ExxonMobil wants you to feel responsible for climate change so it doesn’t have to shoulder the blame

Andrii ZoriiA new study reveals how the oil company used “cutting-edge propaganda” to focus on fossil fuel consumption. To understand why ExxonMobil has been so effective at shaping the US narrative about climate change in the US for some 40 years, look no further than the words of one of the company’s communications strategists, Mobil Vice President of Public Affairs Herbert Schmertz: ”Your objective is to wrap yourself in the good phrases while sticking your opponents with the bad ones,” he wrote in 1986. From the 1970s through the 1990s, most of the company’s PR efforts focused on casting doubt on the scientific consensus that burning fossil fuels was warming the planet. But by the mid-2000s, it was taking a more sophisticated, nuanced approach. “Energy-saving consumers can make a real difference,” it said in 2007, listing ways consumers can “Be smart about electricity use,” “Heat and cool your home efficiently,” and “Improve your gas mileage” to address climate change. Another ad in 2008 looks to the auto industry: “It is important we reduce greenhouse gas emissions, too. Improving the efficiency of the vehicles people drive is one way to do so.” There are many examples in ExxonMobil’s advertising materials and other documents right up to 2019, all doing the same thing: Deflecting attention away from the oil company’s role in fueling climate change by supplying fossil fuels and turning attention toward consumer demand for, and dependency on, its products. We now have a comprehensive view of this strategy, thanks to a new peer-reviewed study by Harvard research associate Geoffrey Supran and Harvard science historian Naomi Oreskes in the journal One Earth. In a painstaking analysis, they show how hard the oil giant has worked to keep the conversation about climate solutions focused on the consumer, effectively individualizing responsibility for the problem. “Never before has it been proven that fossil fuel propaganda is demonstrably one source of where this [consumer- and demand-focused] mindset has originated from,” Supran told Vox. Blaming the individual user, rather than the producers, is a well-worn tactic of other industries with dangerous products, including tobacco and firearms. In the case of fossil fuel products, individualizing the responsibility for climate change obfuscates the responsibility of companies like Exxon — one of 20 companies responsible for one-third of energy-related global carbon emissions since 1965 — to extract fewer fossil fuels and shift to cleaner technologies. And according to Oreskes and Supran, not only has this messaging strategy allowed Exxon to “downplay its role in the climate crisis,” it also continues to be used “to undermine climate litigation, regulation, and activism.” A first-of-its-kind analysis of Exxon’s public messaging Supran and Oreskes use a trove of documents that they have combed through in past research, namely a 2017 paper that found ExxonMobil internally acknowledging its products’ role in climate change, while publicly casting doubt on the science. Starting in the late 1970s, the company ran regular advertisements in the New York Times. The researchers looked at those ads as well as more recent reports aimed at investors through 2019 for a total of 212 documents that provide a solid chronology of how the oil company has communicated with the public on climate science. The early ads took a skeptical stance on climate science, but in the 2000s they started to emphasize the uncertainty of risks, rather than the consensus of manmade warming. When ExxonMobile did acknowledge the need to reduce pollution, it disproportionately talked about how much it was doing to address the demand-side of the equation, rather than addressing the obvious other half: the increasing supply. When Supran ran his algorithm to pick up the most frequently used terms and topics in the papers, he was surprised at what they found: The company’s messaging was largely consistent in the advertisements up to 2009 and in reports up to 2019, statistically overusing certain language, like “risk” and “demand,” to hammer home these themes. In 1997, the company touted helping “customers scale back their emissions of carbon dioxide,” while the next year it encouraged the public to “show a little voluntary ‘can do.’” A decade later, in 2008, an ad suggested the ‘‘cars and trucks we drive aren’t just vehicles, they’re opportunities to solve the world’s energy and environmental challenges.’’ Throughout this time, ExxonMobil discussed growing fossil fuel demand as an inevitability, saying things like, “Oil and gas will be essential to meeting demand through 2030” and “fossil fuels must be relied upon to meet society’s immediate and near-term needs.” The company only acknowledges its own culpability in obscure academic journals and internal memos. One 1982 internal memo writes what the company never admits publicly, that “the connection between Exxon’s major businesses and the role of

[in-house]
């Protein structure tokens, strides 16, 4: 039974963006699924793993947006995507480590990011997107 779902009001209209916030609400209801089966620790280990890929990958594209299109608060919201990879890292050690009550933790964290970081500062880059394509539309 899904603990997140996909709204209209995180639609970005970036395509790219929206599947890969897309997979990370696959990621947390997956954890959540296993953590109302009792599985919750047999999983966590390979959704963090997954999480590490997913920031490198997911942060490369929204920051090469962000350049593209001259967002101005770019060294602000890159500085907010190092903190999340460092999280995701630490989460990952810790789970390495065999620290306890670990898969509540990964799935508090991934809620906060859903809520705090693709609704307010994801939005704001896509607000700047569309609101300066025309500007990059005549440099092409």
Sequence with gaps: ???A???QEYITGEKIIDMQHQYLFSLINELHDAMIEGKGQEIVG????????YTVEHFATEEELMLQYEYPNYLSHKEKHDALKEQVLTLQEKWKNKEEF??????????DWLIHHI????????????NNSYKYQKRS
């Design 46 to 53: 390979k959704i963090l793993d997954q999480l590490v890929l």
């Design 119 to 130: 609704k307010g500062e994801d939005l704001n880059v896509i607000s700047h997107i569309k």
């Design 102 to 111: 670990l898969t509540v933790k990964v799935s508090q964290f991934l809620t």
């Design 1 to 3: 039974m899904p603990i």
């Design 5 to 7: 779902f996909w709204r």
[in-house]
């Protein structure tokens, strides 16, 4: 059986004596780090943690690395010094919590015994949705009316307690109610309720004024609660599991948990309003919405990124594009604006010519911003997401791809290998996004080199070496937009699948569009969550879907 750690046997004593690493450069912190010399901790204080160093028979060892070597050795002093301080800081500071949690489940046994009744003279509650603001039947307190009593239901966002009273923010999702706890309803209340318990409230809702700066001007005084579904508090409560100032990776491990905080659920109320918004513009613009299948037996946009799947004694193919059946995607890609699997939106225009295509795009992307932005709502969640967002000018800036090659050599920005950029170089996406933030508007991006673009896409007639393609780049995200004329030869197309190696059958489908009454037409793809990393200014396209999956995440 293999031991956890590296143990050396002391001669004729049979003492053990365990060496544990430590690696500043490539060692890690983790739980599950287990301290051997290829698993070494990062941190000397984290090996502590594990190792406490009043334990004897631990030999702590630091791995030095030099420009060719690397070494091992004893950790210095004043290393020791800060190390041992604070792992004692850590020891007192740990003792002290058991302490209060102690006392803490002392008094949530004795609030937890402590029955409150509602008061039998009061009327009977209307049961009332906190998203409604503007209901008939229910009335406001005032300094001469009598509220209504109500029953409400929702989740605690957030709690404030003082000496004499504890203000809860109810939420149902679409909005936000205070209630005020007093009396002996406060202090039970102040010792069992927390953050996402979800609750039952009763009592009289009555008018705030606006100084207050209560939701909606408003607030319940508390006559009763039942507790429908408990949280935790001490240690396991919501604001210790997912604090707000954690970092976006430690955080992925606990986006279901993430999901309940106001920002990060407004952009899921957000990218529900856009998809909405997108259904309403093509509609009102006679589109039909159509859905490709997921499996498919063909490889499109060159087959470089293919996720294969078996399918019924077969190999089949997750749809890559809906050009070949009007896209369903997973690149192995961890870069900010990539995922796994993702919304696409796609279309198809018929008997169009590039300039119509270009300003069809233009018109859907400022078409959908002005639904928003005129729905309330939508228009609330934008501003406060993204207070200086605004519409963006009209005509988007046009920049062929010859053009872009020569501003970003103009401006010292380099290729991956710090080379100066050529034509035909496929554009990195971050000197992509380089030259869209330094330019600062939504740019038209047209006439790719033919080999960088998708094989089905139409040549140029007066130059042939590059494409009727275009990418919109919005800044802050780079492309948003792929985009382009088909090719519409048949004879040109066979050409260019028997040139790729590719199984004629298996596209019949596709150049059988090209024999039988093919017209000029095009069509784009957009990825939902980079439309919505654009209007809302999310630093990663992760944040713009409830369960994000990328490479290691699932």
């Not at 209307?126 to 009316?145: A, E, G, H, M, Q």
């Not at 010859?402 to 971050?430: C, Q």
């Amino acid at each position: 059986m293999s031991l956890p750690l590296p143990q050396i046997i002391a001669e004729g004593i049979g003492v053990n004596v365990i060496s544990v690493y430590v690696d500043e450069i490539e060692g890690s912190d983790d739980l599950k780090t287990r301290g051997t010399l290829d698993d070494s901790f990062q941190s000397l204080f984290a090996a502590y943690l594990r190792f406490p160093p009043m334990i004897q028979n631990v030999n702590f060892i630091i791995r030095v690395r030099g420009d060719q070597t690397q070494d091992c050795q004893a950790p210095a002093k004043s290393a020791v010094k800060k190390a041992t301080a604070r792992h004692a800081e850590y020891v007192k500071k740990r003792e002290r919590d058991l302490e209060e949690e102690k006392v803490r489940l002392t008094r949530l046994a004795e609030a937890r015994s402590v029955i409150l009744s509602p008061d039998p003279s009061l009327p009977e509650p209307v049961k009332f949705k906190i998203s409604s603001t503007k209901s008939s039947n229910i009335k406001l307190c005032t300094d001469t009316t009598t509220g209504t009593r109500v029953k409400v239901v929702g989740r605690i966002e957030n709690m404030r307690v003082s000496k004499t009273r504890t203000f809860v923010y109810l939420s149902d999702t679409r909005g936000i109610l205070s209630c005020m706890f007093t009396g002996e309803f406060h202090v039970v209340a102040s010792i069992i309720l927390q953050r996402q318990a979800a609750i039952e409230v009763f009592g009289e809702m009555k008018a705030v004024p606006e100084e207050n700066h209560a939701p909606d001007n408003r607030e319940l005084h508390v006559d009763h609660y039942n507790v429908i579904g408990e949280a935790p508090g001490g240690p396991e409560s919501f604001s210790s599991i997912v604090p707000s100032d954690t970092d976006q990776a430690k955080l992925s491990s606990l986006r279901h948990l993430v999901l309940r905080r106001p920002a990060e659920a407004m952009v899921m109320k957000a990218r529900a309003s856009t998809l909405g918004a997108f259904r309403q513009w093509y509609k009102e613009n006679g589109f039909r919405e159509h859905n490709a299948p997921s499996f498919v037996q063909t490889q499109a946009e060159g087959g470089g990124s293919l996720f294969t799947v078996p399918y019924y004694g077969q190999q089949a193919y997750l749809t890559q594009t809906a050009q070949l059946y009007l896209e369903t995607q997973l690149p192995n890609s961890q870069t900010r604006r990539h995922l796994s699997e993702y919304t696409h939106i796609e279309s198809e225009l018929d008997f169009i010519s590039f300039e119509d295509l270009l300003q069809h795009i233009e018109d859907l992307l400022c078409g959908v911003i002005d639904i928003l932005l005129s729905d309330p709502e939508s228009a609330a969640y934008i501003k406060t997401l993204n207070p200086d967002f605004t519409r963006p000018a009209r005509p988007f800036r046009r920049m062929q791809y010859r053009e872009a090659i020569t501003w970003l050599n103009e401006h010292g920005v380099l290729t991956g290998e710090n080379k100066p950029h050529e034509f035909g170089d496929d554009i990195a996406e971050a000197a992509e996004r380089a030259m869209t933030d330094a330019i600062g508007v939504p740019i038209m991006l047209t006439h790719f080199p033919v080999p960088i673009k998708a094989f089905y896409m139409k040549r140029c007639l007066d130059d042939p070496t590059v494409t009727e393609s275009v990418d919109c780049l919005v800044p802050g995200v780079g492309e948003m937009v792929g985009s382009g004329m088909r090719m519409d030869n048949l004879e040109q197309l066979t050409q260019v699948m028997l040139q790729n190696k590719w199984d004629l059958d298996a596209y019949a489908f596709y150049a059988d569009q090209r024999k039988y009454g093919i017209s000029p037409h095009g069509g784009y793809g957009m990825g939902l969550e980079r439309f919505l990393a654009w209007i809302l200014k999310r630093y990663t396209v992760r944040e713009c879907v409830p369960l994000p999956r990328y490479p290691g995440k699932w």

May 13, 2021 - VOX
Andrii ZoriiA new study reveals how the oil company used “cutting-edge propaganda” to focus on fossil fuel consumption. To understand why ExxonMobil has been so effective at shaping the US narrative about climate change in the US for some 40 years, look no further than the words of one of the company’s communications strategists, Mobil Vice President of Public Affairs Herbert Schmertz: ”Your objective is to wrap yourself in the good phrases while sticking your opponents with the bad ones,” he wrote..